NBP: – 8% in early April compared to the March average
The winter season for the gas industry (October 2015 to March 2016) closed with the NBP price very low at €15.4 /MWh ($4.9/MBtu), which is 30 to 46% lower than for the three previous winters. The downtrend that started in early 2015 resulted from a relatively abundant supply and a decline in the prices of contracts 100% indexed on oil. In fact, these prices defined the NBP trend. The decline continued in the first April quotations (-8% compared to March) as the NBP dropped below the €12/MWh ($4/MBtu) mark. The markets are expecting a minimum price of €11/MWh ($3.7/MBtu) during the summer. The fact that the volumes stored in Europe are relatively large partly explains the absence of price pressure.
For next winter, the markets are anticipating a slight upward pressure, with the NBP prices nearing those of 100%-oil-indexed contracts at about €14/MWh ($4.7/MBtu). The price will be influenced by the severity of the weather conditions and by the gas consumption of the electricity sector. Gas enjoys an advantage over coal, because the Carbon Tax Support (CTS) was fixed at €25 TCO2 a year ago.
Coal’s share of electricity production fell to 21% in 2015, compared to an average of more than 30% since 2000. The share of gas stabilized at 29%, ending the decline observed between 2008 (46%) and 2013 (27%), due in large part to the rise of renewable energies (22%, up from 4% in 2008). This rise occurred to the detriment of gas, which was less competitive than coal owing to the absence of an adequate CO2 tax during this period. The current level of the tax has put an end to this situation. While favorable from the environmental standpoint, it presents the downside of weighing on industrial competitiveness.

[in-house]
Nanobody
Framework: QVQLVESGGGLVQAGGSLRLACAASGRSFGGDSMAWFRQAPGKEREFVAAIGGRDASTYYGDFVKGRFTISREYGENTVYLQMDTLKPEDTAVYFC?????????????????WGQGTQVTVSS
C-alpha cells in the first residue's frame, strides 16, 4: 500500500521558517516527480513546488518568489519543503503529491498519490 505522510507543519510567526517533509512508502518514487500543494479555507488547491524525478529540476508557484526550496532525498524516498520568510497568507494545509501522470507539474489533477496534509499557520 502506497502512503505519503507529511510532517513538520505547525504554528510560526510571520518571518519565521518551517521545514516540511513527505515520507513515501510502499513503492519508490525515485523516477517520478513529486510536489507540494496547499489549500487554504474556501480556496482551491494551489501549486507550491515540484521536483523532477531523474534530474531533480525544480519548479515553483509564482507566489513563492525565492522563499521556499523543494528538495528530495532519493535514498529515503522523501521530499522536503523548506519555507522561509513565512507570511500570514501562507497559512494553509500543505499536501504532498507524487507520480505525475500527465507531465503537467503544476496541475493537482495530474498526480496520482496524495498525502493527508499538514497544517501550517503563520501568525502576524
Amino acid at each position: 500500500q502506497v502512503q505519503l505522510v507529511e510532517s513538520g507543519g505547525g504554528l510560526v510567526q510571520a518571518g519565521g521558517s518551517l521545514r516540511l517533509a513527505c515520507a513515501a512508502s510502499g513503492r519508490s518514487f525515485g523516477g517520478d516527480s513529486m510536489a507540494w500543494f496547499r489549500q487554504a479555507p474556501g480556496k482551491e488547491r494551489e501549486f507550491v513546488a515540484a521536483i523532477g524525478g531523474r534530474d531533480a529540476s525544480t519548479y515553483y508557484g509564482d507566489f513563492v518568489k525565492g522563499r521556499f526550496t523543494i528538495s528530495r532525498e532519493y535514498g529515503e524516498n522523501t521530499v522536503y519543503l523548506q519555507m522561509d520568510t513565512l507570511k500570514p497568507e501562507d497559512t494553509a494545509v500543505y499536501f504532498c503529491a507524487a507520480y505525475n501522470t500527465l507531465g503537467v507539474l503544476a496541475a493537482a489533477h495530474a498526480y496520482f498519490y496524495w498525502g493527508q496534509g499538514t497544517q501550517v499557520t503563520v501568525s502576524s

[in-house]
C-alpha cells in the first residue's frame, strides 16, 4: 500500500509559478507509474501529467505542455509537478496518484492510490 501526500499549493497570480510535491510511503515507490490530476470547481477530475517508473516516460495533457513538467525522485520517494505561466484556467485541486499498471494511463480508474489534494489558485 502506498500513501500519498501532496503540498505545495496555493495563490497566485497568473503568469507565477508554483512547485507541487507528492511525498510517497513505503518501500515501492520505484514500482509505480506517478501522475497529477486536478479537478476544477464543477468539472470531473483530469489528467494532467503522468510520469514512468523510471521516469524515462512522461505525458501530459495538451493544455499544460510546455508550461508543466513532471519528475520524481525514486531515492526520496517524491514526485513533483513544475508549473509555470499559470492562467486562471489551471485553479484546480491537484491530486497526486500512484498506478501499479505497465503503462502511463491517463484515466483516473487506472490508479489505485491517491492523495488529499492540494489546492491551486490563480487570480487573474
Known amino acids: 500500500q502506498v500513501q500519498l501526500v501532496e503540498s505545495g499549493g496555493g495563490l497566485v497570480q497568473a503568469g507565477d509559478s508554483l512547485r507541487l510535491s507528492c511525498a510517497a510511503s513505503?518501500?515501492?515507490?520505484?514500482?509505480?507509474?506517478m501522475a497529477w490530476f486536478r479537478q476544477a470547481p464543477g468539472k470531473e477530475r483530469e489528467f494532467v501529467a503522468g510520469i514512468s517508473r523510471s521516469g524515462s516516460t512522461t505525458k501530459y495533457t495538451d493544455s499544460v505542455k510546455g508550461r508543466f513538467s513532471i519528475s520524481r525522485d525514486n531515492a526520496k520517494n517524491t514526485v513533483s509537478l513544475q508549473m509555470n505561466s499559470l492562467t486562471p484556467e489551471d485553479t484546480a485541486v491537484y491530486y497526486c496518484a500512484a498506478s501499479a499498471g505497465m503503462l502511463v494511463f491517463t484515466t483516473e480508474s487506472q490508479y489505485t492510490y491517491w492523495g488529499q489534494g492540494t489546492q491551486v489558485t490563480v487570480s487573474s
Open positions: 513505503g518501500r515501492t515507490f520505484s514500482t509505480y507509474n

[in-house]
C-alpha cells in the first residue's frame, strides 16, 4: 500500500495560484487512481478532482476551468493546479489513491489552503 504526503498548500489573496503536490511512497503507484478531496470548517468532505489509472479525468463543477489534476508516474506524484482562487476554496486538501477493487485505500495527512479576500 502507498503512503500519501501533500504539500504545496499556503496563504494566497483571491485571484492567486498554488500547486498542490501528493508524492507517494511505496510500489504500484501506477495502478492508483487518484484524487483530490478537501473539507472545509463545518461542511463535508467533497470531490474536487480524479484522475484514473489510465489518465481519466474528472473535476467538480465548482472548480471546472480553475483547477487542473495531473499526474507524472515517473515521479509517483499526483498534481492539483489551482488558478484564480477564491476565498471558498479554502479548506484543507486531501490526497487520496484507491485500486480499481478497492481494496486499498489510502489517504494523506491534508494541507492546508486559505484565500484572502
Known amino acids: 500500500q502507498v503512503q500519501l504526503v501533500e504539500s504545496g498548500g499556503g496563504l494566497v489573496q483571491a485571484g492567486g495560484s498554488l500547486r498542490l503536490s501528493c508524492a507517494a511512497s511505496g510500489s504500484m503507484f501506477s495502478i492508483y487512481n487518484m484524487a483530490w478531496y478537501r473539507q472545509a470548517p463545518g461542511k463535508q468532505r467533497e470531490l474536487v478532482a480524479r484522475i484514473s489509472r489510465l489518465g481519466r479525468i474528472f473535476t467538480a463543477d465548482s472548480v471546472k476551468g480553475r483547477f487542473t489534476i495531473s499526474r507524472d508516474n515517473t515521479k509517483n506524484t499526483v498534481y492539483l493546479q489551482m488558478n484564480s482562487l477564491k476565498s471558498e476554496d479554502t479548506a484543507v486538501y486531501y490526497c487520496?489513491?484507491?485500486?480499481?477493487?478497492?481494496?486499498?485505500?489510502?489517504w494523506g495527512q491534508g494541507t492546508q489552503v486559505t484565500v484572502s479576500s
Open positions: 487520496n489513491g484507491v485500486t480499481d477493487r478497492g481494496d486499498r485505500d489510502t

Indexed European prices: down 3.3% in March
In March, the indicative European price (LT 77%) stood at €13.7/MWh ($4.5/MBtu), down by nearly 3.3% in a month and by 40% in a year. It could sink to €11.4/MWh ($3.8/MBtu) next summer before climbing to €13.5-14/MWh ($4.5-4.7/MBtu) by year end.
The U.S. market (Henry Hub): up in March
The Henry Hub price, which hit a low of $1.5/MBtu in early March, has risen steadily since then. In the first quotations for the month of April, it stood at $1.9/MBtu versus a March average of $1.7/MBtu. Futures are looking up, especially for the approach of winter, with a price of $2.7/MBtu anticipated for December.
These prices, while relatively low, cannot ensure the competitiveness of U.S. gas (on a full cost basis) destined for European or Asian spot markets. With the Henry Hub at $2/MBtu, this would only be possible at prices of about $6 and 7.3/MBtu, respectively.
By Guy Maisonnier – Senior Economist – IFPEN